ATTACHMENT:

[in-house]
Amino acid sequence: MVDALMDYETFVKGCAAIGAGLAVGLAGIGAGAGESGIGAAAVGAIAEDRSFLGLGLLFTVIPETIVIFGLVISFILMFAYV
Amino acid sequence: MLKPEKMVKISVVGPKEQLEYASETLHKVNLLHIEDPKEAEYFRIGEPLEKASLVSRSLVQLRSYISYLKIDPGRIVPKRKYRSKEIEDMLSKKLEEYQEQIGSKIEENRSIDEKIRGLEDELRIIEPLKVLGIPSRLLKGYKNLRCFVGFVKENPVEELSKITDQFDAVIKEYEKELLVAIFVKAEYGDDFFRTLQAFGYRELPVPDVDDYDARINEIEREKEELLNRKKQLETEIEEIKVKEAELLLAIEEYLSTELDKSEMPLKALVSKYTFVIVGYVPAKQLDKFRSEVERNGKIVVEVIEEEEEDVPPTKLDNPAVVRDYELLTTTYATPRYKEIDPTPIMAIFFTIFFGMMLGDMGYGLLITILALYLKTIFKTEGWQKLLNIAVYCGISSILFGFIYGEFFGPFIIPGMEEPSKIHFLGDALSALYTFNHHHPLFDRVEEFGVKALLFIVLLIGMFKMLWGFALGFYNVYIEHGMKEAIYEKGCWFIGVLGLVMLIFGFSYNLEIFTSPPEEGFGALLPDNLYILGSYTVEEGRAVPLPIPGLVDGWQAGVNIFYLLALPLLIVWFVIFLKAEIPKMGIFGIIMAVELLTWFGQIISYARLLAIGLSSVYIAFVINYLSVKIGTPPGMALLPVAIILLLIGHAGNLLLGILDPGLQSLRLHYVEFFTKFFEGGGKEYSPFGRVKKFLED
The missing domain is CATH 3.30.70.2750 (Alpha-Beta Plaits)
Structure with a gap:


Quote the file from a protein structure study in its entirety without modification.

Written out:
[in-house]
Amino acid sequence: MVDALMDYETFVKGCAAIGAGLAVGLAGIGAGAGESGIGAAAVGAIAEDRSFLGLGLLFTVIPETIVIFGLVISFILMFAYV
Amino acid sequence: MLKPEKMVKISVVGPKEQLEYASETLHKVNLLHIEDPKEAEYFRIGEPLEKASLVSRSLVQLRSYISYLKIDPGRIVPKRKYRSKEIEDMLSKKLEEYQEQIGSKIEENRSIDEKIRGLEDELRIIEPLKVLGIPSRLLKGYKNLRCFVGFVKENPVEELSKITDQFDAVIKEYEKELLVAIFVKAEYGDDFFRTLQAFGYRELPVPDVDDYDARINEIEREKEELLNRKKQLETEIEEIKVKEAELLLAIEEYLSTELDKSEMPLKALVSKYTFVIVGYVPAKQLDKFRSEVERNGKIVVEVIEEEEEDVPPTKLDNPAVVRDYELLTTTYATPRYKEIDPTPIMAIFFTIFFGMMLGDMGYGLLITILALYLKTIFKTEGWQKLLNIAVYCGISSILFGFIYGEFFGPFIIPGMEEPSKIHFLGDALSALYTFNHHHPLFDRVEEFGVKALLFIVLLIGMFKMLWGFALGFYNVYIEHGMKEAIYEKGCWFIGVLGLVMLIFGFSYNLEIFTSPPEEGFGALLPDNLYILGSYTVEEGRAVPLPIPGLVDGWQAGVNIFYLLALPLLIVWFVIFLKAEIPKMGIFGIIMAVELLTWFGQIISYARLLAIGLSSVYIAFVINYLSVKIGTPPGMALLPVAIILLLIGHAGNLLLGILDPGLQSLRLHYVEFFTKFFEGGGKEYSPFGRVKKFLED
The missing domain is CATH 3.30.70.2750 (Alpha-Beta Plaits)
Structure with a gap: